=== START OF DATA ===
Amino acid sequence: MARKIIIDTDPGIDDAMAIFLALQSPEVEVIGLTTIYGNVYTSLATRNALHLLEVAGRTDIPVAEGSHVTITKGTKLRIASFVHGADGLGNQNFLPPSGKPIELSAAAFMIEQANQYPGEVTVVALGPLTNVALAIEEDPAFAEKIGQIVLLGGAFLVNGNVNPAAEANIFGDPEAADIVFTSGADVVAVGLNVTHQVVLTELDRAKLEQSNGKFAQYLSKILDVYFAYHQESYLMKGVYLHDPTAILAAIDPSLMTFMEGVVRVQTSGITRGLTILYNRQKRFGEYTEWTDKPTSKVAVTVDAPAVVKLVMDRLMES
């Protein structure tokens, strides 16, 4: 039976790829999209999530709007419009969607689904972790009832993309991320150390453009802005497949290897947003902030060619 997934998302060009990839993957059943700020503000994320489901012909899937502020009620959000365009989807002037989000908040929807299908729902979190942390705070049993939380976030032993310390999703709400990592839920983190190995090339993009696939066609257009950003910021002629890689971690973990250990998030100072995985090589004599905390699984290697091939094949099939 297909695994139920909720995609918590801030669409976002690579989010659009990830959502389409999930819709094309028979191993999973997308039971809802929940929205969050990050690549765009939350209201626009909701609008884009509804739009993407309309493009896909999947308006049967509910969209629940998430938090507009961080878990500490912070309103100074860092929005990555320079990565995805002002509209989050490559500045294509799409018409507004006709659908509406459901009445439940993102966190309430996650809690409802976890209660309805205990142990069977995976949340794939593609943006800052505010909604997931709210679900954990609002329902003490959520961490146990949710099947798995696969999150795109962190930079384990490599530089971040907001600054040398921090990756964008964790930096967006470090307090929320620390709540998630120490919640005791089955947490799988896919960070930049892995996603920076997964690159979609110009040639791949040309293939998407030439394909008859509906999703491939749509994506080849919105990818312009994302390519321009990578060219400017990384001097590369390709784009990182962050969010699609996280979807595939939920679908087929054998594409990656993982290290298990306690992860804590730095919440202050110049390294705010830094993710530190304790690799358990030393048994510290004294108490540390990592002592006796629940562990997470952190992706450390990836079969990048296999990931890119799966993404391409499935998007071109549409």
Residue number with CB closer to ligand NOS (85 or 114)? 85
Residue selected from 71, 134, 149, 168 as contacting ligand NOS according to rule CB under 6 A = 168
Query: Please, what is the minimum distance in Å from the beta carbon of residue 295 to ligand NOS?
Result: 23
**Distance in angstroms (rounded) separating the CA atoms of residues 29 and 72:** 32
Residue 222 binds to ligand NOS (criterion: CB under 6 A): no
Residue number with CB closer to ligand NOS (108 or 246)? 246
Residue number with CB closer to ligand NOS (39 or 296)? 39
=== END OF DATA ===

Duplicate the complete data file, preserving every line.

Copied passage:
Amino acid sequence: MARKIIIDTDPGIDDAMAIFLALQSPEVEVIGLTTIYGNVYTSLATRNALHLLEVAGRTDIPVAEGSHVTITKGTKLRIASFVHGADGLGNQNFLPPSGKPIELSAAAFMIEQANQYPGEVTVVALGPLTNVALAIEEDPAFAEKIGQIVLLGGAFLVNGNVNPAAEANIFGDPEAADIVFTSGADVVAVGLNVTHQVVLTELDRAKLEQSNGKFAQYLSKILDVYFAYHQESYLMKGVYLHDPTAILAAIDPSLMTFMEGVVRVQTSGITRGLTILYNRQKRFGEYTEWTDKPTSKVAVTVDAPAVVKLVMDRLMES
């Protein structure tokens, strides 16, 4: 039976790829999209999530709007419009969607689904972790009832993309991320150390453009802005497949290897947003902030060619 997934998302060009990839993957059943700020503000994320489901012909899937502020009620959000365009989807002037989000908040929807299908729902979190942390705070049993939380976030032993310390999703709400990592839920983190190995090339993009696939066609257009950003910021002629890689971690973990250990998030100072995985090589004599905390699984290697091939094949099939 297909695994139920909720995609918590801030669409976002690579989010659009990830959502389409999930819709094309028979191993999973997308039971809802929940929205969050990050690549765009939350209201626009909701609008884009509804739009993407309309493009896909999947308006049967509910969209629940998430938090507009961080878990500490912070309103100074860092929005990555320079990565995805002002509209989050490559500045294509799409018409507004006709659908509406459901009445439940993102966190309430996650809690409802976890209660309805205990142990069977995976949340794939593609943006800052505010909604997931709210679900954990609002329902003490959520961490146990949710099947798995696969999150795109962190930079384990490599530089971040907001600054040398921090990756964008964790930096967006470090307090929320620390709540998630120490919640005791089955947490799988896919960070930049892995996603920076997964690159979609110009040639791949040309293939998407030439394909008859509906999703491939749509994506080849919105990818312009994302390519321009990578060219400017990384001097590369390709784009990182962050969010699609996280979807595939939920679908087929054998594409990656993982290290298990306690992860804590730095919440202050110049390294705010830094993710530190304790690799358990030393048994510290004294108490540390990592002592006796629940562990997470952190992706450390990836079969990048296999990931890119799966993404391409499935998007071109549409």
Residue number with CB closer to ligand NOS (85 or 114)? 85
Residue selected from 71, 134, 149, 168 as contacting ligand NOS according to rule CB under 6 A = 168
Query: Please, what is the minimum distance in Å from the beta carbon of residue 295 to ligand NOS?
Result: 23
**Distance in angstroms (rounded) separating the CA atoms of residues 29 and 72:** 32
Residue 222 binds to ligand NOS (criterion: CB under 6 A): no
Residue number with CB closer to ligand NOS (108 or 246)? 246
Residue number with CB closer to ligand NOS (39 or 296)? 39